Marine Park Dad Shaves Head In Solidarity With Child Cancer Sufferers

Joe Savarese, with son Christopher and Mocha the bear. Photos by Erica Sherman

“Anyone who does anything to help a child in his life is a hero to me.” ― Fred Rogers, who would have been 84 years old today.

On St. Patrick’s Day, lifelong Marine Park resident Joseph Savarese, 39, rose before dawn on a foggy Saturday morning to quietly get his head shaved at Lucky’s Place barber shop on Quentin Road and East 31st Street.

He has done this every year for the past seven years.

The annual ritual of shaving his head is Savarese’s way of showing solidarity with children who suffer from cancer, part of a fundraiser for the St. Baldrick’s Foundation, a volunteer-driven cancer charity.

And this year it had a very personal meaning.

Last month, many years after being diagnosed with the disease, an uncle of whom the soft-spoken Savarese was particularly fond, succumbed from the ravaging effects of cancer.

“He was battling two forms of cancer for the past 13-15 years. The cancer shattered his left leg last year,” Savarese said in an email, and, in early February, doctors discovered that his uncle’s spine also “had hair line cracks in it.”

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Lucky's Place barber, Stephanie, takes the sheering clippers to Savarese's cruller.

The St. Baldrick’s Foundation, committed to funding “the most promising research to find cures for childhood cancers and give survivors long and healthy lives,” is the world’s largest volunteer-driven fundraising program for childhood cancer research.” Since its founding 12 years ago, nearly 200,000 volunteers — including more than 17,200 women (notable for having a greater reluctance toward having their heads shaved) — have contributed to the organization, which funds more in childhood cancer research grants than any organization, with the only notable exception being the United States Government.

Savarese, a married father whose precocious six-year-old Christopher “has my eyes” — something he tells people, when they comment that his son more closely resembles his blond-haired mother, Patricia (“Trish”), of Irish and German descent — was wearing his St. Baldrick’s t-shirt to Lucky’s.

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Savarese, sporting his St. Baldrick's gear.

The part-barber shop, part-social club, whose ambiance exudes a “Where Everybody Knows Your Name”-type vibe, partially explains why Savarese — who loved the show Cheers growing up — has enjoyed getting his hair cut there for 25 years. Savarese also brought along a poofy, emerald green St. Baldrick’s top hat to wear before and after the official shaving. Christopher tagged along with his stuffed bear, Mocha.

Savarese’s charitable work is something of a neighborhood and family affair. His longtime barber Stephanie — a curly-haired blond, with a thick Brooklyn accent, who’s been cutting Savarese’s hair since 1987 — also contributes to the organization.

According to him, in addition to her monetary donations to St. Baldrick’s over the years, Stephanie gladly donates her time to the children’s cancer foundation by cutting Savarese’s hair for free. His wife Trish, in turn, always generously donates to St. Baldrick’s, to offset the cost for the annual head-shaving her husband receives.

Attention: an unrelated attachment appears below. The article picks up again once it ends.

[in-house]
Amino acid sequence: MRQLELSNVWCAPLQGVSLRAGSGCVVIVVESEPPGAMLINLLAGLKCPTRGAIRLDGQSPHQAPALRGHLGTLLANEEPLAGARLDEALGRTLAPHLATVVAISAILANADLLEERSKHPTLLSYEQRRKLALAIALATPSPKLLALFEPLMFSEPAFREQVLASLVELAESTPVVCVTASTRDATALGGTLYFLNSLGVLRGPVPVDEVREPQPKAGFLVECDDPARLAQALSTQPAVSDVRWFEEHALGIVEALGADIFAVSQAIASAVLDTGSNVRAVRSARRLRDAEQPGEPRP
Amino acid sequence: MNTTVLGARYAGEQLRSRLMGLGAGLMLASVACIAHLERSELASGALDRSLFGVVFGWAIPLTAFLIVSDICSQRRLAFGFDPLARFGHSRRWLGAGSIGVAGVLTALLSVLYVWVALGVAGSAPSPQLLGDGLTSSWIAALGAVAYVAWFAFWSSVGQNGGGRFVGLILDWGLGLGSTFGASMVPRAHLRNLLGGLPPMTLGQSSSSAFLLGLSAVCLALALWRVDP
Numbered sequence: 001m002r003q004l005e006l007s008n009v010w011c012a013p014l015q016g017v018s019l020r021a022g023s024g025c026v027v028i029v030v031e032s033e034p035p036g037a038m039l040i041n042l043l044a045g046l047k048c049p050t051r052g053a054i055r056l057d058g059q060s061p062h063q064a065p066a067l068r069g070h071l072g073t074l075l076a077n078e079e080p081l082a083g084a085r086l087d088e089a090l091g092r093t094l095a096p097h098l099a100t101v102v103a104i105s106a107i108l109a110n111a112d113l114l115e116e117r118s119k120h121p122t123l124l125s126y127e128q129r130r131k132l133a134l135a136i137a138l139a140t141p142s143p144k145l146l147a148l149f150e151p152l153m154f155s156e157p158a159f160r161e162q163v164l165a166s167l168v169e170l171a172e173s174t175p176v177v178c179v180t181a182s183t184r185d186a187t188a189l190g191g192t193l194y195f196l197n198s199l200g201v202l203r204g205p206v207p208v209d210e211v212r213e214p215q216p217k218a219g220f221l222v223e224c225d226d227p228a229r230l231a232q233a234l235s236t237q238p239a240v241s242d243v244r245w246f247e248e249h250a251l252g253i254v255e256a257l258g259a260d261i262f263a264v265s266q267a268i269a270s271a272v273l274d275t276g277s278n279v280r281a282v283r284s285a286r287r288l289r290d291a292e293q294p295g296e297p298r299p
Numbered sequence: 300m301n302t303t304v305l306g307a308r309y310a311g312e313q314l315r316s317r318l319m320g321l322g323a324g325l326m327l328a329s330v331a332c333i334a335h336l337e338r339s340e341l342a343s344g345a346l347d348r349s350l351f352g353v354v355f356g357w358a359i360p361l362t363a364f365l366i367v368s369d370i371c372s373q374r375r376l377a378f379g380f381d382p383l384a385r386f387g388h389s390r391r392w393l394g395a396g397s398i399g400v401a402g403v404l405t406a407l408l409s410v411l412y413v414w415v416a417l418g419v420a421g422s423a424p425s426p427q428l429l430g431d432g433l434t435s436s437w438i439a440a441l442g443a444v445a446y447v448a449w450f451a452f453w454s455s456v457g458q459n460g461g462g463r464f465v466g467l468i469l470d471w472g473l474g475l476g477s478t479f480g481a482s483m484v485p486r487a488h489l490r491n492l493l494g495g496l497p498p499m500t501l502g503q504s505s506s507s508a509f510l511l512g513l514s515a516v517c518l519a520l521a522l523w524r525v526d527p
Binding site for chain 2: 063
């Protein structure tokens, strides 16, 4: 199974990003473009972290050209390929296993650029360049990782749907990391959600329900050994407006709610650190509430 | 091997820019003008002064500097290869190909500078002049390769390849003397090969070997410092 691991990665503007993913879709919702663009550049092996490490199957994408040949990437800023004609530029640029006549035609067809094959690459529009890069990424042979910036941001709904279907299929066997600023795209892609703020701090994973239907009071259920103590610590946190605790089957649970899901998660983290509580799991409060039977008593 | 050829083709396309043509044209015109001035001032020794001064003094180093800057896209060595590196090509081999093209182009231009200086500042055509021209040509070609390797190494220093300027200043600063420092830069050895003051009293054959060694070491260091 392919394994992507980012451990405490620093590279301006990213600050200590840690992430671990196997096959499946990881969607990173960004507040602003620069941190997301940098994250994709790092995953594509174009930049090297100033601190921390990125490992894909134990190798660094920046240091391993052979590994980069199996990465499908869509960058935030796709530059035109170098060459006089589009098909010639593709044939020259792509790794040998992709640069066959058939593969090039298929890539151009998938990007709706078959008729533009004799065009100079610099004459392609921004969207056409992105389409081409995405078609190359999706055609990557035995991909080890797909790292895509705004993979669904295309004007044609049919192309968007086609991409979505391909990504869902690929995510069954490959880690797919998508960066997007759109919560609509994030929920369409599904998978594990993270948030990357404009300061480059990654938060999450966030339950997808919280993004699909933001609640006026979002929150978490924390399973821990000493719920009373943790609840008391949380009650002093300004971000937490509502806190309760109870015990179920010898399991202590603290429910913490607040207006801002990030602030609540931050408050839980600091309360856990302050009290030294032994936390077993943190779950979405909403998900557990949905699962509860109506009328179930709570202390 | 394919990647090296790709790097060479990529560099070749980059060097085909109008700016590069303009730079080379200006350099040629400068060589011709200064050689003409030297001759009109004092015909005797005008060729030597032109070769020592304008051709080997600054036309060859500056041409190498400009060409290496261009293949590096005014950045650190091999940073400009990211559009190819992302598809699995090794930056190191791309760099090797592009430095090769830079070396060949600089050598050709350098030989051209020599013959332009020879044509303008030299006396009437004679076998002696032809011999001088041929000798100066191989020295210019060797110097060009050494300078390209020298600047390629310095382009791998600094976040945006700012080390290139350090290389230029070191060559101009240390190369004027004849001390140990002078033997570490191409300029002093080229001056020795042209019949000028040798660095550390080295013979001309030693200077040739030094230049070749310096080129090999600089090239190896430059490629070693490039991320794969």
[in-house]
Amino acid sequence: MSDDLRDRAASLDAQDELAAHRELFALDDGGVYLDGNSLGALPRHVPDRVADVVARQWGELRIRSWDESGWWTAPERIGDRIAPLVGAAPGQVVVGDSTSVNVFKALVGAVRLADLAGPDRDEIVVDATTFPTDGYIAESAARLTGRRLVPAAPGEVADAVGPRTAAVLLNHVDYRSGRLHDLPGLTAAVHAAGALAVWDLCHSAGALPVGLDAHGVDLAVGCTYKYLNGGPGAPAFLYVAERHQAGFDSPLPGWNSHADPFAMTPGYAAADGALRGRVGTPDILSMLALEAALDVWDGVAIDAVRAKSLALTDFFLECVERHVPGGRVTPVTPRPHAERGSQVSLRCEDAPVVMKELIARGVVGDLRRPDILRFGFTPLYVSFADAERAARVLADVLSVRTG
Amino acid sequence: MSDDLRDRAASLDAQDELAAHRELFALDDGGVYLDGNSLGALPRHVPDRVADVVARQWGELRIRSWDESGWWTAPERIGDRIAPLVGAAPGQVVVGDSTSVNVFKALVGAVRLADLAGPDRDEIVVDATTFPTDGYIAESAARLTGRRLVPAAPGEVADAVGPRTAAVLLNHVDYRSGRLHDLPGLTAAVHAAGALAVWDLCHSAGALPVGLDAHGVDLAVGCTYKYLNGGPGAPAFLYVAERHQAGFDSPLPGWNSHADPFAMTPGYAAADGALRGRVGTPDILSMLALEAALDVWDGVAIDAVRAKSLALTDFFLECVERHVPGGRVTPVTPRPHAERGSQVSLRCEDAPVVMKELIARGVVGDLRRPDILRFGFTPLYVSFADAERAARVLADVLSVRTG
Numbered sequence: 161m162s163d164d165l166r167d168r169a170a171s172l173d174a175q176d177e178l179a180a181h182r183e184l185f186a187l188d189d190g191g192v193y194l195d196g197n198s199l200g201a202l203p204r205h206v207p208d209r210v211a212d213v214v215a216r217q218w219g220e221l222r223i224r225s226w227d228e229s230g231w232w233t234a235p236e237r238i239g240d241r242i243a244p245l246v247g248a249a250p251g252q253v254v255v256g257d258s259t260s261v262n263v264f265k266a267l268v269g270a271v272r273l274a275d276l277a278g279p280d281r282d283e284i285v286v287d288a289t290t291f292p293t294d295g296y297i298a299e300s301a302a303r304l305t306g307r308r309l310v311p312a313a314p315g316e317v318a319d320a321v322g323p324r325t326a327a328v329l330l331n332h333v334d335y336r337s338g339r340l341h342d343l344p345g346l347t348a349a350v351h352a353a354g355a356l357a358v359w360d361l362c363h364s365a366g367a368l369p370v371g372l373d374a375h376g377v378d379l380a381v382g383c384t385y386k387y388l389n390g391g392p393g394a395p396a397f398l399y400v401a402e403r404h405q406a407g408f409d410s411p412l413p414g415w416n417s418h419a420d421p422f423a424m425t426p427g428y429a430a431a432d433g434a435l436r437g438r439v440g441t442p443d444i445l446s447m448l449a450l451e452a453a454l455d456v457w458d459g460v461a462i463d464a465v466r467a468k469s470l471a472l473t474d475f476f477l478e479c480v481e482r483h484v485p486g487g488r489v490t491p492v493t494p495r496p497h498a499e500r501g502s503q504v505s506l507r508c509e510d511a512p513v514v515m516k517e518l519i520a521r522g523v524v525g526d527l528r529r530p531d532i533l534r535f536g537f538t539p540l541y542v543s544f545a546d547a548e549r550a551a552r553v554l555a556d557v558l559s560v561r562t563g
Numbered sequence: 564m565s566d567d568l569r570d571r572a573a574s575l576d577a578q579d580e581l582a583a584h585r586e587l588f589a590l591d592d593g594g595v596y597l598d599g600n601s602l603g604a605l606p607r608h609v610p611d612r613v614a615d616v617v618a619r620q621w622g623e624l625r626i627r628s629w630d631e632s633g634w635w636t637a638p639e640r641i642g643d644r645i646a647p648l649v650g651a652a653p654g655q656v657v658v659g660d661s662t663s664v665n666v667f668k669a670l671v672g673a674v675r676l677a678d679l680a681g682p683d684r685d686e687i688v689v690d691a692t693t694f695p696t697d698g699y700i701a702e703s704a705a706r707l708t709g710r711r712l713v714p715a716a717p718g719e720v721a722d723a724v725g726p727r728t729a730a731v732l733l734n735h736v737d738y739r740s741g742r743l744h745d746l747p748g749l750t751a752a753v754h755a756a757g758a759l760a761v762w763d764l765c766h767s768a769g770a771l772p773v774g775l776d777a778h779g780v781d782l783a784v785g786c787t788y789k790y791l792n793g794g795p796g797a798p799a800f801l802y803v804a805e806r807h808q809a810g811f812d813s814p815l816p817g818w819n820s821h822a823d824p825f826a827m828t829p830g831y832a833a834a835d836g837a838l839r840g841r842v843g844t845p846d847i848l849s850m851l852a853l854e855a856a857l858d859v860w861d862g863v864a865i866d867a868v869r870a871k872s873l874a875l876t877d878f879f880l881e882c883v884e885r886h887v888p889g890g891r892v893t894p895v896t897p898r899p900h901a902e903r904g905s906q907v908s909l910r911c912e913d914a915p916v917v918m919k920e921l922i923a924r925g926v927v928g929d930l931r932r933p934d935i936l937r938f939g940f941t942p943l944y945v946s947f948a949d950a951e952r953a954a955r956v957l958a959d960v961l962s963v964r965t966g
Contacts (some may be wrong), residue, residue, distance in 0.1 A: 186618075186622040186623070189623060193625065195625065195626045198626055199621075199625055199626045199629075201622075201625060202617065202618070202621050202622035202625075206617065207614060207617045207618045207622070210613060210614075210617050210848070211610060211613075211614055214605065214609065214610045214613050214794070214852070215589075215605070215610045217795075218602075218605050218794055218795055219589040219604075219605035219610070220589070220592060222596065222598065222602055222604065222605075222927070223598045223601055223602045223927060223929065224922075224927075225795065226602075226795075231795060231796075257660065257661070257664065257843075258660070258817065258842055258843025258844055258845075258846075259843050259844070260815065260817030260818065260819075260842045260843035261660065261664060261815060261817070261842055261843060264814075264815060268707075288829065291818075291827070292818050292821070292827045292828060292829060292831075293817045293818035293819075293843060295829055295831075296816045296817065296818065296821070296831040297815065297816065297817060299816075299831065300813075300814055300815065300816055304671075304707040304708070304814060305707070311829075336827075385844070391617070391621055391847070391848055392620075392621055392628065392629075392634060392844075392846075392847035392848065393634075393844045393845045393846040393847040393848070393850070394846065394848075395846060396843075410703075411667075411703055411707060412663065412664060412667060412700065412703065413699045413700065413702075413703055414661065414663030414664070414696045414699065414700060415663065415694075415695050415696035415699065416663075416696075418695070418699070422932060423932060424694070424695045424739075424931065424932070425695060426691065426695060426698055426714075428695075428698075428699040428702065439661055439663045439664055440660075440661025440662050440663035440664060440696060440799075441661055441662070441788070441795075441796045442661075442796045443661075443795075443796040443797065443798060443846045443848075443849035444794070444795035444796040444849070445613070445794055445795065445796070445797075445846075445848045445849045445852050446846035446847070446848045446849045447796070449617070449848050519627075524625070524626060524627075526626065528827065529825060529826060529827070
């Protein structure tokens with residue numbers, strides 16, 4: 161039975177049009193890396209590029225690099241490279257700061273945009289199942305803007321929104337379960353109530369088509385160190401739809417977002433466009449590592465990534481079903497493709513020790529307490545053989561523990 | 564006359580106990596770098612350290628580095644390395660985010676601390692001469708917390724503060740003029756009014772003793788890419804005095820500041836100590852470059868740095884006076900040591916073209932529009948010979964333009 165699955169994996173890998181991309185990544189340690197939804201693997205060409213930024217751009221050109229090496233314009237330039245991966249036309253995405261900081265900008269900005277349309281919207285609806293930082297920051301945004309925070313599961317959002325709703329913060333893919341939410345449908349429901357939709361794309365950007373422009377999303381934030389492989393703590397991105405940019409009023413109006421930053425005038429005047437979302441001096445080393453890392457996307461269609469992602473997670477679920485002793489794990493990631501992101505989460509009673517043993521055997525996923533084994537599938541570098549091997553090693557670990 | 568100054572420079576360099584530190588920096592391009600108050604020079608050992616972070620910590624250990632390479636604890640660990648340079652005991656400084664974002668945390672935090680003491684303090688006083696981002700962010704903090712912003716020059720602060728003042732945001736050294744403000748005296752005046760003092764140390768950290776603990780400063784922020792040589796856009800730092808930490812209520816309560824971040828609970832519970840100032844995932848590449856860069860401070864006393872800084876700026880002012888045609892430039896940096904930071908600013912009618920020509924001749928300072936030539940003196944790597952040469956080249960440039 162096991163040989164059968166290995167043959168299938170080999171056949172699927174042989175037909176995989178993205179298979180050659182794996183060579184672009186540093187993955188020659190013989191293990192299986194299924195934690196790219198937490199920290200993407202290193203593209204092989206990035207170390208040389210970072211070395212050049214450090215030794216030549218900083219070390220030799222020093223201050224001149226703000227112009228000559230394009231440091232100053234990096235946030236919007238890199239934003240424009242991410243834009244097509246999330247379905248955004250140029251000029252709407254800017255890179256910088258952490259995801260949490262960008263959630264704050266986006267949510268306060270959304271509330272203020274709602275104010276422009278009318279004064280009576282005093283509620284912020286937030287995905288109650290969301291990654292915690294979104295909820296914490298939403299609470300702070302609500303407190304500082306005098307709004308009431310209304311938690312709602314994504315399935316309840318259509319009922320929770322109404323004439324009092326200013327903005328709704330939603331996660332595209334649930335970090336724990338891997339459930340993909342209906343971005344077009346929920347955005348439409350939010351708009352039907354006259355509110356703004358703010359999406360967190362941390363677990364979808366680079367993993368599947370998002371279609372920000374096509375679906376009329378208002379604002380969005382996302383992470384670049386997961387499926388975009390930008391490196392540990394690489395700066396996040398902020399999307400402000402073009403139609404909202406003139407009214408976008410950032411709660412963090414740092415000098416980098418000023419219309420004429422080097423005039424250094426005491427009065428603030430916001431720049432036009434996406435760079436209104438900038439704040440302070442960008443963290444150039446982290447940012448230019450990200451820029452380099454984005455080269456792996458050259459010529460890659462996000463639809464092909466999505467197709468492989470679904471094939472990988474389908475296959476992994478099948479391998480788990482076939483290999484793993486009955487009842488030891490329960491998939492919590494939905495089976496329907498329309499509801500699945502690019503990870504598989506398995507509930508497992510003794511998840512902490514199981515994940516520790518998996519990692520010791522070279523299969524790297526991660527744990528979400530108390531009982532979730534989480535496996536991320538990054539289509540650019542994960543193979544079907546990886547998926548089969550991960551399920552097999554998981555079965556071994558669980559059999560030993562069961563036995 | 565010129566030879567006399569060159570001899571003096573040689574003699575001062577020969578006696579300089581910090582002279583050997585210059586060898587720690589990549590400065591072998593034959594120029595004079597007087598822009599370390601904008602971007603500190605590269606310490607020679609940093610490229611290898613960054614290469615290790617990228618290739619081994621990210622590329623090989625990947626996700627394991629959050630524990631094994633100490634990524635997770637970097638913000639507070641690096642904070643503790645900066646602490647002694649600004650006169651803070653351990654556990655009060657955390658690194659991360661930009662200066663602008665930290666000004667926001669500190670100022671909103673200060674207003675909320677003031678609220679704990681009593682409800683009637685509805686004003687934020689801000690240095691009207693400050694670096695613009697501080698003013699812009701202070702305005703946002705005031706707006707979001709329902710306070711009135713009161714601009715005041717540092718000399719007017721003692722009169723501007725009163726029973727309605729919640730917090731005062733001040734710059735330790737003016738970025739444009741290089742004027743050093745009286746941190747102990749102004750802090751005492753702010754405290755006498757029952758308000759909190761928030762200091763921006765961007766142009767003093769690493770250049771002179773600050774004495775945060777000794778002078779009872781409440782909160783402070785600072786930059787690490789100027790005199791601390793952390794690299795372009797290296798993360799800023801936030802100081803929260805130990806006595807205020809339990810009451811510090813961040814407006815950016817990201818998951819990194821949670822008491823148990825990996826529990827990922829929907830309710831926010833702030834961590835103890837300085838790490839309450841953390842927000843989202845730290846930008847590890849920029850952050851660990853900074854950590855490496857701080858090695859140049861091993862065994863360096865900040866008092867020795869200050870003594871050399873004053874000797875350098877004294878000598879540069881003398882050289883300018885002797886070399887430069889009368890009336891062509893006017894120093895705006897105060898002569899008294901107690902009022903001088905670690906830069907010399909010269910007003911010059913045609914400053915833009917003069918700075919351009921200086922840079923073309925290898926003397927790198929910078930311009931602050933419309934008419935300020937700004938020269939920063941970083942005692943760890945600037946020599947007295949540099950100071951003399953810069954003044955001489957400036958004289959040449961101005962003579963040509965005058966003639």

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Down to the nitty gritty.

Savarese — who is also an Eagle Scout, an expert wood carver (you can see his website, “Whittle and Chips” here), a published magazine writer, something of a minor YouTube celebrity, and an aviation enthusiast (he acquired Lt. Col. Jimmy Doolittle’s autograph before he died in 1993 at 96 years-of-age) — may have been the only Lucky’s Place customer at 7:00 a.m. this St. Patrick’s Day morning, but he was by no means alone.

On the Thursday before St. Patrick’s Day, The New York Daily News reported that, for the third year in a row, dozens of St. John’s University faculty, staff and students also had their heads shaved in solidarity with children suffering from cancer, during an event for St. Baldrick’s at the school. Combined with charity food sales and raffles, the fundraiser on the St. John’s Jamaica, Queens campus raised more than $22,000. There were hundreds of head-shaving events, large and small, just like Savarese’s and St. John’s, throughout the nation on St. Patrick’s Day.

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The finished product.

Donations for Savarese’s annual head shaving mostly come from an intimate circle of family and friends, but the “one-shavee show” — who has inspired his loved ones to open their hearts and their wallets in the amount of more than $2,000 in the past seven years — expressed a desire to raise more money for the children’s foundation in the future.

One can certainly speculate that, for the Marine Park Michelangelo — who could carve intricate masterpieces out of a block of wood, and then, astonishingly, present them to some pretty well-known personalities — finding a way to up the ante shouldn’t be too difficult.

The modest Marine Parker shrugged.

“I just think it’s a nice way to give to charity,” he said.

There are a number of ways you can get involved with the St. Baldrick’s Foundation. You can donate through Joseph Savarese by going to his page and clicking on the “Make A Donation” button on the left hand side of the screen. You will then be walked through a brief and simple donation process. You can also call your donation in by telephoning (888) 899-BALD (2253) or, if you’d prefer to mail in a check, you can download an easy-to-fill-out donation form. If you’d like to volunteer, there are also a number of ways for you to do that, and, as the website notes, “not all of them lead to a shiny scalp!”